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Canola Oil vs. Olive Oil

Canola Oil vs. Olive Oil

OliveOil.com Staff

Olive oil can be called the Goldilocks of oil: it’s packed with healthy compounds, it’s delicious and versatile, and--bonus points--it’s gold. It has a vast array of science-backed health benefits and an intriguing depth of flavor, which spans from grassy to peppery, depending on the bottle. As such, it’s easy to make the case for using olive oil in your meal preparations.

That said, there’s another oil that’s probably in your kitchen, begging to be used: canola oil. This common cooking oil a type of vegetable oil that is often used in baking, frying, and sauteing. Should you be using canola oil instead?

We all know that canola oil is cheaper than olive oil, but how does it hold up in terms of taste, health, and smoke point? In this article, we’ll dive into the differences between these two popular oils. Read on to learn about their flavor characteristics, nutrient profiles, and more.

Olive Oil vs. Canola Oil: How Is It Made?

First of all, you might be wondering: what exactly is canola oil? Canola oil is made from the rapeseed plant, a bright yellow flowering plant of the mustard or cabbage family. While rapeseed naturally contains a number of toxic compounds – including erucic acid and glucosinolates – the rapeseed that is used for producing canola oil has been bred to have low amounts of these toxic compounds. That means this seed oil is safe to consume.

Here’s how canola oil is made, as laid out by the Canola Council of Canada.

  • First, canola seeds are cleaned and separated from stalks and dirt.
  • Seeds are pre-heated to approximately 95ºF and flaked by mills to break the cell walls of the seeds.
  • Seeds are cooked at approximately 176°–221°F in a series of cookers powered by steam heat. This process lasts about 15-20 minutes.
  • The seeds are pressed by screw presses and expellers. Approximately 50-60% of the oil is extracted during this step.
  • The seed flakes that remain contain about 18-20% oil. These are broken down by a chemical called hexane so the rest of the oil can be obtained.
  • The hexane is removed from the oil by heating it once again at 203°–239°F.
  • The oil is refined through a variety of methods that include steam distillation, phosphoric acid exposure, and filtration through acid-activated clays.

Olive oil, on the other hand, is naturally safe for consumption – no special breeding required – and is rich in healthy compounds like fatty acids. However, it’s important to understand the different types of olive oil and how each is made. (Want to learn more? Here’s a deep dive into the different types of olive oil.)

  • Extra virgin olive oil (EVOO) is made solely by mechanical means. The fruit is ground to a paste and the oil is separated from the solids and water, usually by centrifuge. Finally, the oil is filtered or racked to remove any remaining water or particles. EVOO is cold-pressed—more correctly "cold-extracted"—never exposed to chemicals or high heat at any point. EVOO meets the chemical and sensory standards for the highest grade of virgin olive oil. It is good for cooking, but is especially suited to salads, drizzling or any use that highlights the flavor of the olive oil.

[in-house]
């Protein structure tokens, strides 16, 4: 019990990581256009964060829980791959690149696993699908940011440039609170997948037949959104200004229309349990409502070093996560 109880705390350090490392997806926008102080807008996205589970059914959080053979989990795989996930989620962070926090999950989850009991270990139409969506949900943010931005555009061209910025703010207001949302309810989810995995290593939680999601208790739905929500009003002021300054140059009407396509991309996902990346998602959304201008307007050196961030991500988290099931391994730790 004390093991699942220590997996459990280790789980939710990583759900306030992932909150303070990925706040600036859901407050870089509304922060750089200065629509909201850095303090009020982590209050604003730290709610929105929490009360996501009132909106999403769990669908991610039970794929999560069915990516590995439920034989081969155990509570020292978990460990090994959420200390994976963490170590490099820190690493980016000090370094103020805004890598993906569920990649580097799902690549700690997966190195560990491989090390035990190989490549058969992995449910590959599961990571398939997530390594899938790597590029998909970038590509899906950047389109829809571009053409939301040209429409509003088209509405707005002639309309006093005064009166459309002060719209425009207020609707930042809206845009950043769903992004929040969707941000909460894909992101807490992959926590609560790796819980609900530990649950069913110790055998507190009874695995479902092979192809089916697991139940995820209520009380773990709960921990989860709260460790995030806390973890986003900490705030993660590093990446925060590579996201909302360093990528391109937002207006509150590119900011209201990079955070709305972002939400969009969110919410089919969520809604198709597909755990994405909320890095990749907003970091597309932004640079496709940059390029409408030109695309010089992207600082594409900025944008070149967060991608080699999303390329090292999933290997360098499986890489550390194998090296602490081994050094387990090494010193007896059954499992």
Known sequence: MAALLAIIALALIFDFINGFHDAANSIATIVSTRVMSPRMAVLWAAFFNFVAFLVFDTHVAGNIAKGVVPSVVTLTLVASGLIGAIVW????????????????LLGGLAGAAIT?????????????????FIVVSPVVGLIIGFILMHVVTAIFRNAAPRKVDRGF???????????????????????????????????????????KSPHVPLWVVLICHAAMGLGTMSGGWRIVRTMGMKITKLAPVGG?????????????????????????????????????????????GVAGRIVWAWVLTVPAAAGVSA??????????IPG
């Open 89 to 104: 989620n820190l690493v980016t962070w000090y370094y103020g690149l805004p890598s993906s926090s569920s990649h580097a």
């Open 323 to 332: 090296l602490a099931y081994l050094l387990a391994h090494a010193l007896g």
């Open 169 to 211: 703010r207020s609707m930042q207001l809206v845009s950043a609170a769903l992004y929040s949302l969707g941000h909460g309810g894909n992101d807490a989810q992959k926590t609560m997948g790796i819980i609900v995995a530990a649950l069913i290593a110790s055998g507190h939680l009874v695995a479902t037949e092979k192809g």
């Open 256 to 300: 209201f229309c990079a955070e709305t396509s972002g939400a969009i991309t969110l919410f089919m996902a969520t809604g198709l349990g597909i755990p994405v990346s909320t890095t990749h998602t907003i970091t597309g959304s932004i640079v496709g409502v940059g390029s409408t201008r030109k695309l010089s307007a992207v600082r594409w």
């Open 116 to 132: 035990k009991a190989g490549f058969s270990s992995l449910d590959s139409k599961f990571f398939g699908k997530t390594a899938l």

• Virgin olive oil, more specifically the virgin grade of virgin olive oil, is less often seen in the market. It is made via the same method as the extra virgin grade. The difference is that virgin olive oil is allowed to have some minor flavor defects, whereas EVOO is not. For many, these flavor defects might not even be noticeable.
  • Regular olive oil (or pure olive oil) is more processed than the virgin olive oils. Regular olive oil is made from a combination of refined olive oil and 15%-25% virgin olive oil. The refined oil is treated with chemicals and heat to remove any flavor defects.
  • Light or extra light olive oil is not a diet alternative, it is lighter in flavor, not calories – this olive oil is a combination of refined olive oil and 5%-10% virgin olive oil. As with regular olive oil, the refined oil is treated with some heat and chemicals to remove flavor defects.

As you can see, canola oil is highly processed compared to virgin olive oil, which is cold-pressed and untreated by heat or chemicals. Regular and light/extra light olive oil, however, are treated with some heat and chemicals. As such, canola oil is more similar to these oils than the virgin olive oils.

Nutritional Breakdown of Canola Oil vs. Olive Oil

This is where things get interesting. No matter how olive oil was made, it always appears the same on a nutrition label. Why? The differences lie in the number of polyphenols and other bioactive compounds, which are not included on a typical nutrition label. Here’s how olive oil compares to canola oil.